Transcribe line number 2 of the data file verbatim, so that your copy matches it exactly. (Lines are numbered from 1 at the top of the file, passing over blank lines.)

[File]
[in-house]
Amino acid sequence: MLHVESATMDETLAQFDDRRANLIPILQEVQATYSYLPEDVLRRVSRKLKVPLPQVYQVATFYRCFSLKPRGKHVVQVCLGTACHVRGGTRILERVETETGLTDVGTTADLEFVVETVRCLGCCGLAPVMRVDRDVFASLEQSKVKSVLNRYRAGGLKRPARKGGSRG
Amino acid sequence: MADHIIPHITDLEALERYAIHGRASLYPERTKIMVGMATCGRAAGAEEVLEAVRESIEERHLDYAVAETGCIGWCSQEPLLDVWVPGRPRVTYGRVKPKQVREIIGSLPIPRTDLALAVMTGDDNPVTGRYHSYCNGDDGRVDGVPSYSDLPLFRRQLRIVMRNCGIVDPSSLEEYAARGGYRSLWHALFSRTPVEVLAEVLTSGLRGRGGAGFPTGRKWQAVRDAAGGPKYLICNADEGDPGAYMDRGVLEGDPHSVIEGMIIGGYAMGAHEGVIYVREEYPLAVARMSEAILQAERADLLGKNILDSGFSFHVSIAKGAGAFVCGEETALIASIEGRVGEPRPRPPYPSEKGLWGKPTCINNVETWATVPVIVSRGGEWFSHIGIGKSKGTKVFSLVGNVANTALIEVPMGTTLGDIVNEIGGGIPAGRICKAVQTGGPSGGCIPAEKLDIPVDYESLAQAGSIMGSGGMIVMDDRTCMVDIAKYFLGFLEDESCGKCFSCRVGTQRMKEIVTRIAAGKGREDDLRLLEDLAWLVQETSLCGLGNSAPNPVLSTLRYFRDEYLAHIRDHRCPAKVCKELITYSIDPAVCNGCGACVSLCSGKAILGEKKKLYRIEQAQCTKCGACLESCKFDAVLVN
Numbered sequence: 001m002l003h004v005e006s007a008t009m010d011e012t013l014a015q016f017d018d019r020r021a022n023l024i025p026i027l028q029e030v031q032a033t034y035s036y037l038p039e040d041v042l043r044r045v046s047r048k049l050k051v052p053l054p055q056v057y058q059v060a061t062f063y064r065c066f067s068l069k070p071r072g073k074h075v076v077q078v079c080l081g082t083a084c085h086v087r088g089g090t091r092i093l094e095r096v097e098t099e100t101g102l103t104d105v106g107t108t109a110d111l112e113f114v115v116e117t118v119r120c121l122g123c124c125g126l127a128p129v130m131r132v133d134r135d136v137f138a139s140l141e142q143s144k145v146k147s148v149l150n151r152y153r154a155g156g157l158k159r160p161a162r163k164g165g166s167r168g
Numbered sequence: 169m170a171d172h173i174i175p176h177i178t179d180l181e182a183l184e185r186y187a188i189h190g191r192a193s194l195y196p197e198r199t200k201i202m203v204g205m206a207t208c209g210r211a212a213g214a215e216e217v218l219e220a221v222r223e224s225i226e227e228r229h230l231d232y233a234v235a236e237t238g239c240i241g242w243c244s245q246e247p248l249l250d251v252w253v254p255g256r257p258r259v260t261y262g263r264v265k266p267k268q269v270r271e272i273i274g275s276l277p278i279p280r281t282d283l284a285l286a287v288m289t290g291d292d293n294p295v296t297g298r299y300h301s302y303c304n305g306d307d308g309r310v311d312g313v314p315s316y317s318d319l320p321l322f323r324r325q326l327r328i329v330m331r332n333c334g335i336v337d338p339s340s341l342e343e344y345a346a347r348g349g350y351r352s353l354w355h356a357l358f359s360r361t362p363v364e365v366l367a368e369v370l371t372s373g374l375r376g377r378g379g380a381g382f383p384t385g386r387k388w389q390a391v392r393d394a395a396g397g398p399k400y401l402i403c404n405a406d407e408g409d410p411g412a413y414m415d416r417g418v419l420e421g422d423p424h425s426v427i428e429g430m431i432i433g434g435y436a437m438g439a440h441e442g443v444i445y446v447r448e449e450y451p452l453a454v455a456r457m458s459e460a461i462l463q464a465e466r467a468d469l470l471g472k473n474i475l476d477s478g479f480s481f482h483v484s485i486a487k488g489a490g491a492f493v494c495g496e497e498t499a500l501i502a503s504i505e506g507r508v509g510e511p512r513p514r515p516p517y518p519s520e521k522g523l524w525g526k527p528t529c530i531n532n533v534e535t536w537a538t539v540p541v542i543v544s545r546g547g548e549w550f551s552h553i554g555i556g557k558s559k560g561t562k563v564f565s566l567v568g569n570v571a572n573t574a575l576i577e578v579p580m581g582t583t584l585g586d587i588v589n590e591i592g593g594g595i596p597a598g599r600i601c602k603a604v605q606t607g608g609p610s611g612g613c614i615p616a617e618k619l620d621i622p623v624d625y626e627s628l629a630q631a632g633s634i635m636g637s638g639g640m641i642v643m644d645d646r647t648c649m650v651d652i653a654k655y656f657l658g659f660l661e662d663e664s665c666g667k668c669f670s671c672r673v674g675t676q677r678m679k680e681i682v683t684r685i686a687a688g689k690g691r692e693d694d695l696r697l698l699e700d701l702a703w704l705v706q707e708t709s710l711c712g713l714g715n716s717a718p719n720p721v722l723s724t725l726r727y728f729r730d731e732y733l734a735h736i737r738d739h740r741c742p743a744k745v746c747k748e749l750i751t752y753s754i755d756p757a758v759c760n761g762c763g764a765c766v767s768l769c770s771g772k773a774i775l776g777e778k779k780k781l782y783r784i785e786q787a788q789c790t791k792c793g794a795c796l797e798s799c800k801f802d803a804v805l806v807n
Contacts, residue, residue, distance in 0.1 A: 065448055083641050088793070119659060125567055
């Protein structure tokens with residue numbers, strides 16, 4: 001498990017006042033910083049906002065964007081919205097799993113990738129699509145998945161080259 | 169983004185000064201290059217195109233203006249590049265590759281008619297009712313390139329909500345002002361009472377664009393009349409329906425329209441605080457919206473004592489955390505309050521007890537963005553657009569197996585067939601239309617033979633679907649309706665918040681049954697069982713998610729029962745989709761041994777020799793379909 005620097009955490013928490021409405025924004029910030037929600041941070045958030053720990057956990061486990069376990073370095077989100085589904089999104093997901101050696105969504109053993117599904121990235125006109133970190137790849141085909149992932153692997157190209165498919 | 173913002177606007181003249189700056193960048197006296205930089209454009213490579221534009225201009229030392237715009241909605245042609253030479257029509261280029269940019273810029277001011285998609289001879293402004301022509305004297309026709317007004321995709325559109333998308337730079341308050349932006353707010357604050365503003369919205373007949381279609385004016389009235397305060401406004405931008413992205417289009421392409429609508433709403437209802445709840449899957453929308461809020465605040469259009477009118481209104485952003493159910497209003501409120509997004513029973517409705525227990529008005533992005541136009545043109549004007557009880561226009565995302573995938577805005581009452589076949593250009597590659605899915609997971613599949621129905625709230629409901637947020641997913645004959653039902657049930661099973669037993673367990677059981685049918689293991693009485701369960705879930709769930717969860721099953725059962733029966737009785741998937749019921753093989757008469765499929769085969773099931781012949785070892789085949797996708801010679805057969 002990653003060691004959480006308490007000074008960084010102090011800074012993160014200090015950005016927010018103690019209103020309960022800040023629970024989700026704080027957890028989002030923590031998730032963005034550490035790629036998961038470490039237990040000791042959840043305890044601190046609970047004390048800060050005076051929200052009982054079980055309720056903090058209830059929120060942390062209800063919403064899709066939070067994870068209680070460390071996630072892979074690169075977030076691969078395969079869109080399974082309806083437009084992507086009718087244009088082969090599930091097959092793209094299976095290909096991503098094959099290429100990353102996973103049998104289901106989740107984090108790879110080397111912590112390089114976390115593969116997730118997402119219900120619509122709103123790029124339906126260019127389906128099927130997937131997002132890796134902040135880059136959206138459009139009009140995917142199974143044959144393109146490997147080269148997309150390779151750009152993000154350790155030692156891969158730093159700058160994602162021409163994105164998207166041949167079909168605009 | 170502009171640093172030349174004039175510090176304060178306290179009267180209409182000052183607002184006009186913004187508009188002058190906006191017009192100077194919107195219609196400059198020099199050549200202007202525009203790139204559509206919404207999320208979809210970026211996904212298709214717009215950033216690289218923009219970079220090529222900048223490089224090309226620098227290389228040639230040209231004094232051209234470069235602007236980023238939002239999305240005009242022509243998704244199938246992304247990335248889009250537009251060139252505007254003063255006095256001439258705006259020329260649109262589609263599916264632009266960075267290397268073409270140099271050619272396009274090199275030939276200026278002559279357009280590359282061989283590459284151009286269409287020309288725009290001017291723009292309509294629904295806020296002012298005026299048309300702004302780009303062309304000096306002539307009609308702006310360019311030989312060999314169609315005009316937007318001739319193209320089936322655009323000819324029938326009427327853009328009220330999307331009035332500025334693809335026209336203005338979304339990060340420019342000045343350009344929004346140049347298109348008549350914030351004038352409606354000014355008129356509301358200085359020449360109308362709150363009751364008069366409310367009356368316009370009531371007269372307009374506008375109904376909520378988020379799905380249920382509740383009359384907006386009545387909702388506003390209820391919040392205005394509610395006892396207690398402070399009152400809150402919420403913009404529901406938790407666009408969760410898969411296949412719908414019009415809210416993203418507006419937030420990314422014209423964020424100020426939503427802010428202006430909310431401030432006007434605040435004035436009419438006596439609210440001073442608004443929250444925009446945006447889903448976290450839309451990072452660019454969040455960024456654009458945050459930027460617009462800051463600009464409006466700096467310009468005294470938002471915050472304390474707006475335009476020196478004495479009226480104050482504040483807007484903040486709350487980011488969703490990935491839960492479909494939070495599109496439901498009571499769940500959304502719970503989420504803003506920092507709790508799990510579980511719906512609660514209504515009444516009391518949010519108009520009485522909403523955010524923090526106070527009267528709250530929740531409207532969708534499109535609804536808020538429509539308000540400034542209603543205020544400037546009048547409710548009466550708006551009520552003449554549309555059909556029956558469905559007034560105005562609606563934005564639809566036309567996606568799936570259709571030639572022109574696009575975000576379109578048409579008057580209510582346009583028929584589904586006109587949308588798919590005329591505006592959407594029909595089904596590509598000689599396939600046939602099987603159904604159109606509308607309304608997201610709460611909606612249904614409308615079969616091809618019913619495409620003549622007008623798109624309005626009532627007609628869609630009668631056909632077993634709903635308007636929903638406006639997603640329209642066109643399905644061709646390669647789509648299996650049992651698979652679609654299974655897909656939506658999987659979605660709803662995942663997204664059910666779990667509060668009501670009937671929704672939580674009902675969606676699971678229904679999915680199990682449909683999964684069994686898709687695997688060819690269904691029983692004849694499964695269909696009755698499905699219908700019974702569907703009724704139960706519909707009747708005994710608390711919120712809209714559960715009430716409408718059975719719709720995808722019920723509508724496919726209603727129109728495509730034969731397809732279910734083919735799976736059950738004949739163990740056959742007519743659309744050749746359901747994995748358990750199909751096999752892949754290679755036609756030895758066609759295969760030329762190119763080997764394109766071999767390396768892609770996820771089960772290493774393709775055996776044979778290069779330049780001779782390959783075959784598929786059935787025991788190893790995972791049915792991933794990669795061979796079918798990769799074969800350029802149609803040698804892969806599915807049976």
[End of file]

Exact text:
Amino acid sequence: MLHVESATMDETLAQFDDRRANLIPILQEVQATYSYLPEDVLRRVSRKLKVPLPQVYQVATFYRCFSLKPRGKHVVQVCLGTACHVRGGTRILERVETETGLTDVGTTADLEFVVETVRCLGCCGLAPVMRVDRDVFASLEQSKVKSVLNRYRAGGLKRPARKGGSRG